Top 10 Picnic Spots

Finding the perfect picnic spot can be the icing on the cake to a fantastic day’s walking.
Here are some of the most memorable spots we’ve come across in the UK and Europe, be it because of the spectacular view, the chance to cool off in a river, the tranquillity or even the food itself.
  • When asked for our favourite picnic spots, Crail always springs to mind. Featuring on our walking holiday in Fife, it is often described as the prettiest of the region’s villages – and with its cobbled lanes and cluster of historic cottages, it’s easy to see why. We can organise an indulgent picnic for you to enjoy by the tiny stonewalled harbour – and while you savour your delicious lunch and the stunning sea views, our Fife food and drink expert, Christopher Trotter, will share his knowledge of local gastronomy with you.
  • Amid the roaring waterfalls and verdant slopes of the Yorkshire Dales, we have not one but two cherished picnic spots. The first, outside Victoria Cave, offers views over towards the Yorkshire Three Peaks, while the second takes in the looming presence of mighty Bolton Castle, from where you can admire some of the Dales’ loveliest countryside.
  • As picnic spots go, this one is certainly impressive. The view perfectly sums up the majesty of the scenery on the Lofoten Islands, encapsulating the drama created by the close proximity of mountains and water. It’s definitely one to appreciate at leisure while you enjoy your lunch.
  • We take our hats off to the South Tyroleans: they know a good picnic spot when they see one, and invite others to share them, by erecting benches or picnic tables in even the remotest of viewpoints. We’ve come across well located benches on the High Alpine Way and the Seiseralm Plateau (in front of the iconic Sciliar, no less), but this particular picnic table is on the last day of our Dolomites’ Three Peaks holiday, perfectly placed for admiring the Sesto Dolomites.
  • Picnic benches aren’t necessary, of course, if there’s a well-placed stone to sit on. This one on the Canary Island of El Hierro isn’t just any old rock, either – it’s rather grandly called the Piedra del Rey, which translates as King’s Stone, presumably because it is shaped like a throne. The picture here doesn’t do justice to the view, but while you sit here tucking into your bocadillos you can gaze across the island to the sea beyond, just like a king surveying his kingdom.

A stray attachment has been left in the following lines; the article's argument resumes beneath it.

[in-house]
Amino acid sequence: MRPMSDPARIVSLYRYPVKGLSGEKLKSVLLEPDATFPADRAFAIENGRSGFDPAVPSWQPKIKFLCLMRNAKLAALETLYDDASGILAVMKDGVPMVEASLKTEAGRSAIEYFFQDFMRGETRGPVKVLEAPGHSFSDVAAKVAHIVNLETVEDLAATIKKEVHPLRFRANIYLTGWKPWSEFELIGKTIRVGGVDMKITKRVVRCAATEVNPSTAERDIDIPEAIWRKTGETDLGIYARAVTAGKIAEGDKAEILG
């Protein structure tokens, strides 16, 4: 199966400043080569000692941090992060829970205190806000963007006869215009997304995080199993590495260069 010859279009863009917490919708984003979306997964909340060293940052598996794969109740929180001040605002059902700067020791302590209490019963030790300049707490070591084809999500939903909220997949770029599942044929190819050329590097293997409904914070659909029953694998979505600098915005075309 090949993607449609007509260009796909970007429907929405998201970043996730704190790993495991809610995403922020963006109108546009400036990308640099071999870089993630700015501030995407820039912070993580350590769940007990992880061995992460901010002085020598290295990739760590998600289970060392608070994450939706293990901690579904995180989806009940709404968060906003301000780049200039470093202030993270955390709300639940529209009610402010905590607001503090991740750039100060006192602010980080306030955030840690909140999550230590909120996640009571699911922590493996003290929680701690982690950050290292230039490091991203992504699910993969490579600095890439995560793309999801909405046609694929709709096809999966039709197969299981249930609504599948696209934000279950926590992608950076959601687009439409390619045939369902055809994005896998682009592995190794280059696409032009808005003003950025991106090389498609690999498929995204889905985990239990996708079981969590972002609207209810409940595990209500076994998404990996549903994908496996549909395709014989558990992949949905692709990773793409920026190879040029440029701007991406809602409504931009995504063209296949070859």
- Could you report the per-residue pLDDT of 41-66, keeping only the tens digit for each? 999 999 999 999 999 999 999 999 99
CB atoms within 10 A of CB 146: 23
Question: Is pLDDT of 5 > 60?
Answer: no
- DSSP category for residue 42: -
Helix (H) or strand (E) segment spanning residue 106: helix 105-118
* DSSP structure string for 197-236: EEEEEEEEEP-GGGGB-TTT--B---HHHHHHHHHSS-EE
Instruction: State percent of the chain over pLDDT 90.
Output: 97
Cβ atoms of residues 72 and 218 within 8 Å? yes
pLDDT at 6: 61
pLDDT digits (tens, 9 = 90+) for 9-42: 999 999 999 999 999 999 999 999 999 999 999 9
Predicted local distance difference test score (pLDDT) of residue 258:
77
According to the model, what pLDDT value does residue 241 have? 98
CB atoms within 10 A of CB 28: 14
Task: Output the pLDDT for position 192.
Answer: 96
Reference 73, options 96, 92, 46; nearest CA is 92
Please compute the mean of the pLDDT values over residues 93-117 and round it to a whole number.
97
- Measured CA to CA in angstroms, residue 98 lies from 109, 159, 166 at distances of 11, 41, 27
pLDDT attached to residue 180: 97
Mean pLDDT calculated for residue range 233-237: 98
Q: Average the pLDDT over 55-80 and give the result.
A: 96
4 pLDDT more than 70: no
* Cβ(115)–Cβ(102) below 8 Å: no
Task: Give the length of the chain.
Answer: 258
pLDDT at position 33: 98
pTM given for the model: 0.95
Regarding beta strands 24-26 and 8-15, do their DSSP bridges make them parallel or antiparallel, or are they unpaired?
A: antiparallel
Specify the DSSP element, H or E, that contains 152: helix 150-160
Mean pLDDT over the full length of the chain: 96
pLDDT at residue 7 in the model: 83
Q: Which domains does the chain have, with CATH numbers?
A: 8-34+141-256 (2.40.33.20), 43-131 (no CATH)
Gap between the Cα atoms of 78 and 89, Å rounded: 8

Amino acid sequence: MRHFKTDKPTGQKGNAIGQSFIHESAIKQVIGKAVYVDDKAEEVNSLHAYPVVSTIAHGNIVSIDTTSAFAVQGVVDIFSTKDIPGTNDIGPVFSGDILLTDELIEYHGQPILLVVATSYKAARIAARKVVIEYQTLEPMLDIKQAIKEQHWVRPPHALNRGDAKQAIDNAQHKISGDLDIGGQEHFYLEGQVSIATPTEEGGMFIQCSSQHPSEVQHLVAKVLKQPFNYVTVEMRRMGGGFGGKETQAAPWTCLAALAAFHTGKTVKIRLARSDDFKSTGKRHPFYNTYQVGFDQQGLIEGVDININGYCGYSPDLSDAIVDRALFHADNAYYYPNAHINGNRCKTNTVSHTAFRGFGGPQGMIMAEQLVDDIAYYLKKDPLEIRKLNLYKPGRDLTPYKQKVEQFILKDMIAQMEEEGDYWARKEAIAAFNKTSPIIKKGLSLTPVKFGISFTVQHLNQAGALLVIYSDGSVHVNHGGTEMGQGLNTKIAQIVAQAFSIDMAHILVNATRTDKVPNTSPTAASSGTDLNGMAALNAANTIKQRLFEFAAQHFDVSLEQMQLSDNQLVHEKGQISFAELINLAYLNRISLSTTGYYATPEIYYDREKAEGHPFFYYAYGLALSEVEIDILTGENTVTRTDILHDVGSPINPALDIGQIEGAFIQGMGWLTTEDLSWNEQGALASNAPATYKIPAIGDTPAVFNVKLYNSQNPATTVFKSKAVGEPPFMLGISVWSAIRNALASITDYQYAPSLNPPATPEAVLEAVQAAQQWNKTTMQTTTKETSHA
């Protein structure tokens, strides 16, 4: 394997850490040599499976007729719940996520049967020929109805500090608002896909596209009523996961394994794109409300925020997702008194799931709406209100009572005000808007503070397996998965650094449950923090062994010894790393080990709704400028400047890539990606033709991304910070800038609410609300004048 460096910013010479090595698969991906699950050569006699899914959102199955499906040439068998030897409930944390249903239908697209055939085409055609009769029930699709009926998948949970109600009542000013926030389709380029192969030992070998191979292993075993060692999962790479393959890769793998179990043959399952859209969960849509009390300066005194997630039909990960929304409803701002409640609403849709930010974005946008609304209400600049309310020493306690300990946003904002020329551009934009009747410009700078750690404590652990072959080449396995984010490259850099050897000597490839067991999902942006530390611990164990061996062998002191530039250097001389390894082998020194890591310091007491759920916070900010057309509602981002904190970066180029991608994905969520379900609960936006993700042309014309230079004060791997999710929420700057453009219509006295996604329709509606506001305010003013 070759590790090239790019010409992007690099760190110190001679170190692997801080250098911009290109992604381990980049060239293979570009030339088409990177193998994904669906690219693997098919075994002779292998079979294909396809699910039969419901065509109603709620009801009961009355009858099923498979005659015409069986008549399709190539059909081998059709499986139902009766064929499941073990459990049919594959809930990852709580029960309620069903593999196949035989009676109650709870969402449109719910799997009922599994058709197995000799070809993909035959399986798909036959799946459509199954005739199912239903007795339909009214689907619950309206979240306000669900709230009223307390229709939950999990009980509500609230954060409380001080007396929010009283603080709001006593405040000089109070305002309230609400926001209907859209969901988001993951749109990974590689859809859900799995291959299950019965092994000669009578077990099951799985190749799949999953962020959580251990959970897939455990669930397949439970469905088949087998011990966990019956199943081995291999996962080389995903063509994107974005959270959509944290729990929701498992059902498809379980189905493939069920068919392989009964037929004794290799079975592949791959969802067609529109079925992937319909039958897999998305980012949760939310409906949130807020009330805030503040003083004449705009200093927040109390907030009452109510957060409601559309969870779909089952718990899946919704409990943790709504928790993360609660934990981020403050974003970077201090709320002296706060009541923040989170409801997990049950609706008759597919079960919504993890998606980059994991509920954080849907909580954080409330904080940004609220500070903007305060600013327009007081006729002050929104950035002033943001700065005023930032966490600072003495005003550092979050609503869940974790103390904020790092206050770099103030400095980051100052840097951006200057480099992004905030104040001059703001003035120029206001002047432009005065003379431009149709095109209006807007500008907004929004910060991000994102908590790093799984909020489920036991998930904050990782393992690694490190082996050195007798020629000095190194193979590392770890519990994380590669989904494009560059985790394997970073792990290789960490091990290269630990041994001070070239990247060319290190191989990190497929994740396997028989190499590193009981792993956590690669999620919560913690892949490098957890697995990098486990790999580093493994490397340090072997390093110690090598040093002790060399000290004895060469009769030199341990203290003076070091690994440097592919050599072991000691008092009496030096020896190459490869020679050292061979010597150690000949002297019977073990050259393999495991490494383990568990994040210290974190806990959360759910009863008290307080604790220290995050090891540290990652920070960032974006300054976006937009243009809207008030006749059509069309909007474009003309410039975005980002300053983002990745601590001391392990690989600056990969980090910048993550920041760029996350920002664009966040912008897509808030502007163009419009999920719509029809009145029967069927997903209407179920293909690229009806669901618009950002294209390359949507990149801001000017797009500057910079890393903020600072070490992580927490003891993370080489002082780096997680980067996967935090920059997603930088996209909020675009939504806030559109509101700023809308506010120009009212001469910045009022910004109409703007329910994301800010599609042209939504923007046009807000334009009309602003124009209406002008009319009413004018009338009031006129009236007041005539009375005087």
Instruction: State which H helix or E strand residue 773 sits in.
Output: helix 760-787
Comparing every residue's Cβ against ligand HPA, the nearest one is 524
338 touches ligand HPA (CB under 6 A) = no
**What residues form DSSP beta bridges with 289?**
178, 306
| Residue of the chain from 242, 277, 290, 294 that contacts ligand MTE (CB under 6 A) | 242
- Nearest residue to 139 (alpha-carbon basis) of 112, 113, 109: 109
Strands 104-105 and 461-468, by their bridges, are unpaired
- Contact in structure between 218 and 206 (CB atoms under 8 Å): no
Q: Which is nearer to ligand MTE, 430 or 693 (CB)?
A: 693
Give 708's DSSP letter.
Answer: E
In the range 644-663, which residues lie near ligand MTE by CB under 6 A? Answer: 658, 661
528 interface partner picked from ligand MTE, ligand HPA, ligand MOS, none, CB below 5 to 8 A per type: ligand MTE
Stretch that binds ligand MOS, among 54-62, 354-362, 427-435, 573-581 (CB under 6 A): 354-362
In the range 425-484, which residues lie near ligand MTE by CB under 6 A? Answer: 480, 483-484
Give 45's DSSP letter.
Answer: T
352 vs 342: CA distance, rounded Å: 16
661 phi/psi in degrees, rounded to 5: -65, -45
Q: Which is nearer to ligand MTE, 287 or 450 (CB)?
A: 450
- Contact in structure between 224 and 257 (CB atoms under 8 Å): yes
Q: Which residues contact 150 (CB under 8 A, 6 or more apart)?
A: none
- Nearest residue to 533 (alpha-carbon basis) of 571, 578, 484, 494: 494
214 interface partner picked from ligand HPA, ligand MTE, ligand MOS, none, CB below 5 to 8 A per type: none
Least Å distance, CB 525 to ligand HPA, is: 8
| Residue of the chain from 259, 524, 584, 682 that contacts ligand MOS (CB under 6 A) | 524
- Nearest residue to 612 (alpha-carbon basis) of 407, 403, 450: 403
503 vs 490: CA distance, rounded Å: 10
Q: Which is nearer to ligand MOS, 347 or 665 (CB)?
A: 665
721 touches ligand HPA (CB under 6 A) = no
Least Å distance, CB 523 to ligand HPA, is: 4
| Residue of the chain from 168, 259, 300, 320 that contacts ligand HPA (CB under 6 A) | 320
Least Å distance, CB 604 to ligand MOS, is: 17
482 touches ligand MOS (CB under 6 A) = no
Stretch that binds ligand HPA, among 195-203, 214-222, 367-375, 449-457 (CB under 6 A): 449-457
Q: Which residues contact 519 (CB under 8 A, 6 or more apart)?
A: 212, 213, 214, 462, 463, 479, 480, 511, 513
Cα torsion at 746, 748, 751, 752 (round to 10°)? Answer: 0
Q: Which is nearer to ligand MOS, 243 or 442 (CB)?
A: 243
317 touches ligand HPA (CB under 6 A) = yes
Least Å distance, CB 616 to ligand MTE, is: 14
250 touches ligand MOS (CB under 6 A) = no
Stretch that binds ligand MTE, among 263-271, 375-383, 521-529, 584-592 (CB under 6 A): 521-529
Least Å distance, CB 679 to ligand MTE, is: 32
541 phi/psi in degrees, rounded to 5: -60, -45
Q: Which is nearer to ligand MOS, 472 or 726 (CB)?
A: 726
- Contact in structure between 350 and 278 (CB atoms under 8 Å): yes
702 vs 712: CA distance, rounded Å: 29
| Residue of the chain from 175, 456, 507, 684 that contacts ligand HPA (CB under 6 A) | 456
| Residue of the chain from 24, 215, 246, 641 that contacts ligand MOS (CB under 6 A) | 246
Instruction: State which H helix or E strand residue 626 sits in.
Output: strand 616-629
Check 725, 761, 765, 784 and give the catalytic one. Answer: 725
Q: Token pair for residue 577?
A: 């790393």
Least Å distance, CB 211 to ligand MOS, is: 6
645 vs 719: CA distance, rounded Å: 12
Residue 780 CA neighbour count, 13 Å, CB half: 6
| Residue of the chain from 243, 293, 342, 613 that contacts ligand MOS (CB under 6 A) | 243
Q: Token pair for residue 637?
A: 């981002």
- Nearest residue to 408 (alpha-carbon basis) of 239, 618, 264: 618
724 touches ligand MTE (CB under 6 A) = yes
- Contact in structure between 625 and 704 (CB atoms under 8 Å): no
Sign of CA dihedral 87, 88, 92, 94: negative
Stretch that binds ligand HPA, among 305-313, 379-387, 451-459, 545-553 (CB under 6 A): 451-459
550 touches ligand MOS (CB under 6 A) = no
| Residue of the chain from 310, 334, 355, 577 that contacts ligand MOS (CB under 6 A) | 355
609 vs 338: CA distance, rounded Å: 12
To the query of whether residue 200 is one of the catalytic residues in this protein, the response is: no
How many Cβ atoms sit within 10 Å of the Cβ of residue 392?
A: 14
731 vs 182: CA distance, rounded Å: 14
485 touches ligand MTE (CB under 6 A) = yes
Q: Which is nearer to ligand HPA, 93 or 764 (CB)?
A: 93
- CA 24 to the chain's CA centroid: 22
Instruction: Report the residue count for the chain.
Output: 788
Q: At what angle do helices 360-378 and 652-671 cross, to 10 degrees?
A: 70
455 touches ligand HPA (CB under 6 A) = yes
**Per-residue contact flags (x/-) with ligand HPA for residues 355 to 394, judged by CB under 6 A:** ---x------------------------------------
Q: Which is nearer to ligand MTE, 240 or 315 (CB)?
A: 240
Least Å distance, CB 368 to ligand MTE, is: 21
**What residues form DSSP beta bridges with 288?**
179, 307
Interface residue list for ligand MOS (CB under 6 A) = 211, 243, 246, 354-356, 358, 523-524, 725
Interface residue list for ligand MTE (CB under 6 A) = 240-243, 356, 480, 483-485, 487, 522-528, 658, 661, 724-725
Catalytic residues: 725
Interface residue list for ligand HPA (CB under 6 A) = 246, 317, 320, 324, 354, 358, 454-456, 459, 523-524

• Elsewhere in the Canaries – on the archipelago’s largest and most misunderstood island, Tenerife (there's so much to discover beyond the beaches) – you can challenge yourself with a thrilling walk to the peak of Mount Guajara. Your reward? The chance to enjoy a picnic lunch at the highest point of the remaining crater wall accompanied by grandstand views of towering Mount Teide.
  • The ‘Path of the Gods’ is a very apt name for the high-level path above Positano on the Amalfi Coast. With the glittering sea far below you, and the villages which cling precariously to the slopes seemingly only of Lilliputian proportions, you are very aware of how high above the coast you are. It’s easy to imagine the deities picking this spot for a sumptuous feast while they keep a watchful eye over their subjects.
  • As its name suggests, this quiet road – in a particularly idyllic corner of Slovenia – bestows breathtaking mountain views. This is also one location where you choose whether or not to bring a picnic with you: en route, you can drink from a mineral-rich spring that is said to have medicinal properties, and order lunch from the much-photographed Klemenšek farm.
  • The walk from Lacave to Calès on our Paths to Rocamadour holiday is not long, and that’s no bad thing, as there are so many inviting spots on the banks of the River Ouysse, a tributary of the Dordogne, that it would be a shame to rush by them without having the time to linger. Who knows: if you are quiet enough, you may even spot a kingfisher in search of its own meal…
  • We make no apology for including another riverside picnic spot in our top ten – in our opinion, there’s nothing more relaxing than the sound of water making its way over the rocks, and the option of finishing off your lunch with a paddle is an added bonus. This strategically placed bench is on the banks of the River Traun, which you can explore on the first day of the gentle Lakes & Mountains walk. Just be wary of letting the lazily flowing, emerald green water lull you to sleep.
 

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